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Adrienne Van Vyve, from Infirmiers De Rue in Brussels, discusses the results of their latest Connections Week and their next stage of activity as part of the European End Street Homelessness Campaign.

Homelessness in Brussels has almost doubled in under ten years. As shocking as that is, it’s no wonder when complex political systems hamper decision-making processes and there is a real lack of political will to move from policies which provide temporary emergency aid to preventative measures that work to end homelessness for good.

When the number of people experiencing street homelessness peaked at over 700 in 2016, we said “enough!”, and the 400 Toits-Daken Campaign was born the following year. The name means ‘400 roofs’, and the figure 400 refers to the number of people found sleeping rough in Brussels during the official street count of 2014. It encompasses our mission – to house 400 homeless people in a way so that they won’t end up back on the streets. That’s why we’ve placed Housing First, a methodology which gets people into homes first and then provides support to ensure that they stay there, at the core of what we do.

Almost two years later and we are making some progress. We’ve now carried out our second Connections Week, to get to know each homeless person by name, identify their social and medical needs and to start the process of getting them off the streets and into homes.

Sadly, however, we’ve found that the situation on the streets is deteriorating. Since last year, we’ve seen a 50% increase in the number of homeless people who cannot meet their basic needs. Whilst the majority are still men, dangerous behaviours amongst women – such as prostitution and needle exchange – have almost tripled. Over half of the women we spoke to had spent more than a year on the streets, compared with little over a third one year ago.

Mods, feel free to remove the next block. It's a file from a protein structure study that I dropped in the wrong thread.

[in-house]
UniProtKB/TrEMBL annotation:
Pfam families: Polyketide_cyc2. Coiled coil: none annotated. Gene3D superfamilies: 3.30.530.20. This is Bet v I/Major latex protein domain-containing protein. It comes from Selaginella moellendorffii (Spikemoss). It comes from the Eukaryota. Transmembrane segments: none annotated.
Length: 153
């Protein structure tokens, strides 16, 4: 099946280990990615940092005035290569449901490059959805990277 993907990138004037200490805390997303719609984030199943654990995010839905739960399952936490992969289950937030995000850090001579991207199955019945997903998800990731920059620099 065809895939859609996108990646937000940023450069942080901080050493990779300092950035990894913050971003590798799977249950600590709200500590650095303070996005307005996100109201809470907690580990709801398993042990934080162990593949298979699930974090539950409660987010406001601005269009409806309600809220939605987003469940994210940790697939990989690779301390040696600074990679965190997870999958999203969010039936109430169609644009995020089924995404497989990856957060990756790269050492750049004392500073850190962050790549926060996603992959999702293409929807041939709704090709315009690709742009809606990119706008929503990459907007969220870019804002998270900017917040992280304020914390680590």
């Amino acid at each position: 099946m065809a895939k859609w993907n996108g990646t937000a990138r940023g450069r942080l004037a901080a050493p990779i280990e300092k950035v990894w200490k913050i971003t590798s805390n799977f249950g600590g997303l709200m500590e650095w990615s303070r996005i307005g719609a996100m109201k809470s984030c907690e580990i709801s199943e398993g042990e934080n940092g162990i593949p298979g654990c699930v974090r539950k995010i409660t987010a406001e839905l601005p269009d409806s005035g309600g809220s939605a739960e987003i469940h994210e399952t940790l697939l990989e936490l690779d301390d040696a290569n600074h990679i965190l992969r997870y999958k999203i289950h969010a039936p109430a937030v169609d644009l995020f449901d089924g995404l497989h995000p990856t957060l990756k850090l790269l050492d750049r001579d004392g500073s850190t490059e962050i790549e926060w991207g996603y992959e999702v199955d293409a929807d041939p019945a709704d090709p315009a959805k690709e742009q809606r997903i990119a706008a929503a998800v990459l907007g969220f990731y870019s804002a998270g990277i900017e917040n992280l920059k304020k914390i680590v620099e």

So, what does this tell us?

Most importantly, it shows that not only are there more homeless people on the streets but also, they are increasingly vulnerable and lack the support they so urgently need. Our report, detailing the Connections Week results, offers a more in-depth analysis of the figures. The Connections Week also played a big part in awareness raising, the other central component of our campaign. Without the co-ordination and mobilisation of all those who are closely and indirectly involved, including the general public, politicians, private investors, academics, architects, (the list goes on…), we, alone, cannot make the deep-rooted changes needed to end homelessness in Brussels. Only together will we succeed.

The problem of homelessness is not specific to Brussels, or even to Belgium. Unfortunately, most European cities are facing an increase in the number of homeless people. That’s why 400 Toits-Daken is part of a wider movement, the European End Street Homelessness Campaign, as well as A Place to Call Home led by the Institute of Global Homelessness. Being part of the European campaign means working together with other cities on a shared vision, learning from their expertise and experiences, and sharing imagined and concrete solutions to advance the fight for ending homelessness in all our cities.

We are convinced that ending homelessness cannot be achieved without a change of mentality. Just going out onto the street to help is just not enough. This change of mentality must take place simultaneously amongst the general public and those with the power to make changes at different levels: local, regional, national, European and global. For this reason, we must come together across borders to make homelessness a thing of the past…forever!

Image: Myriam Andries

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